The rain has been relentless over the last few weeks and this week’s forecast looks ugly as I write this, so all animals are in the sheds – other than a small batch of dry cows out on the side of a hill, at the far end of the farm.

We are booked in for a few days in Center Parcs with the kids, so it would have been nice if everything was a little easier on the home front before we jumped in the car. In the end, the easiest thing to do was to house the cows and switch off for a few days, rather than trying to keep making decisions about on-off grazing and so on.

A flock of seagulls has been following the grazing rotation behind the cows for the last few days, so I suppose that is a message in itself that it’s time to call it a day with grazing for a while and wait and see if November is any improvement on the last two months.

We are tight enough for space inside, but with the few dry cows out for the moment and a few more cull cows to go to the factory soon – we should be okay. There is plenty of silage in the yard, so we should be okay on that front too.

We haven’t any building projects on at the moment, so all sheds are available for accommodation.

TB restrictions mean we have more stock than usual on hands though, which is where the extra pressure is coming from. Hopefully we can go clear in our second test next week and then start to reduce stock numbers as we move through November.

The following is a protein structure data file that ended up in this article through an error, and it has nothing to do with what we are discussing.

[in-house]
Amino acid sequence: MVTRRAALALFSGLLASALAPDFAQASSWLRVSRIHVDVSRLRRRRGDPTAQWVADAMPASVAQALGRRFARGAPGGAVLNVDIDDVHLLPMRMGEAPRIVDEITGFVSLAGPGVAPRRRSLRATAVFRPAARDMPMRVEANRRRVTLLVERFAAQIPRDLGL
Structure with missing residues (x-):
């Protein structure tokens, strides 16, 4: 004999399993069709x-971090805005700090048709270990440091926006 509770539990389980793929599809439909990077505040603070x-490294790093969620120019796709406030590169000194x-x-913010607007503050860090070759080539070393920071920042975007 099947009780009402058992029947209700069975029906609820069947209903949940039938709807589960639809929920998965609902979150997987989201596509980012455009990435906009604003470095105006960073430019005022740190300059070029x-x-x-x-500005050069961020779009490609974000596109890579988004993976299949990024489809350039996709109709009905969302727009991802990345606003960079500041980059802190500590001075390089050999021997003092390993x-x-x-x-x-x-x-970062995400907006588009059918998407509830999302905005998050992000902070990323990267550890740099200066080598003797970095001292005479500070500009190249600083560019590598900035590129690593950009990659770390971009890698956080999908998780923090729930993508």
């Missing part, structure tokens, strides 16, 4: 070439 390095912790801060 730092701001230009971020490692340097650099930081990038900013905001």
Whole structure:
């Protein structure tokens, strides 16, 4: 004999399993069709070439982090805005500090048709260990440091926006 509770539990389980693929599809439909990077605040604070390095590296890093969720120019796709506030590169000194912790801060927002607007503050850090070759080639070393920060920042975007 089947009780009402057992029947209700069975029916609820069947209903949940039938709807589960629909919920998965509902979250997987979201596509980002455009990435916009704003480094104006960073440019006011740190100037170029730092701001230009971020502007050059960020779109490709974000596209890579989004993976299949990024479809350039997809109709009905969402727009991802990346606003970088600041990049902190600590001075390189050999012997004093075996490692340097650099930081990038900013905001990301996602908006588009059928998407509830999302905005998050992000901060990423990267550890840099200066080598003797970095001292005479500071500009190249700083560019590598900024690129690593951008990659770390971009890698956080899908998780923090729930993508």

We’ve never seen it this wet this early in the winter over this side of the country, so there’s a good number of people caught with building projects not finished, with in-calf heifers coming back from contract-rearers early and just generally stock being in a month early, eating silage.

Hopefully the pressure comes off at the other end of the winter somehow, or people will be in a serious bind. Even at the lower end of the scale, a lot of farms have a lot of grass left to graze off in the final rotation to set farms up properly for spring grazing. The later this gets grazed, the less is back for the spring.

Grazing it now and doing a lot of damage isn’t a great option, grazing it in a month’s time and hitting spring-covers is almost as bad, and leaving heavy covers from September grazing to carry through to February is usually a bad idea as well, but it might be the best of a bad lot this year.

We will wait now and see what next week brings. A few dry days could still see plenty of grass grazed in November, but they would need to start appearing on the forecast very soon, even for farmers’ mental health to get a much needed boost.

At least the milk markets look to be turning the corner a bit over the last couple of months and most of the milk processors held the September price to give farmers a boost at a difficult time.

Hopefully we will see more positive trends into 2024 and milk price can get back to a more profitable level.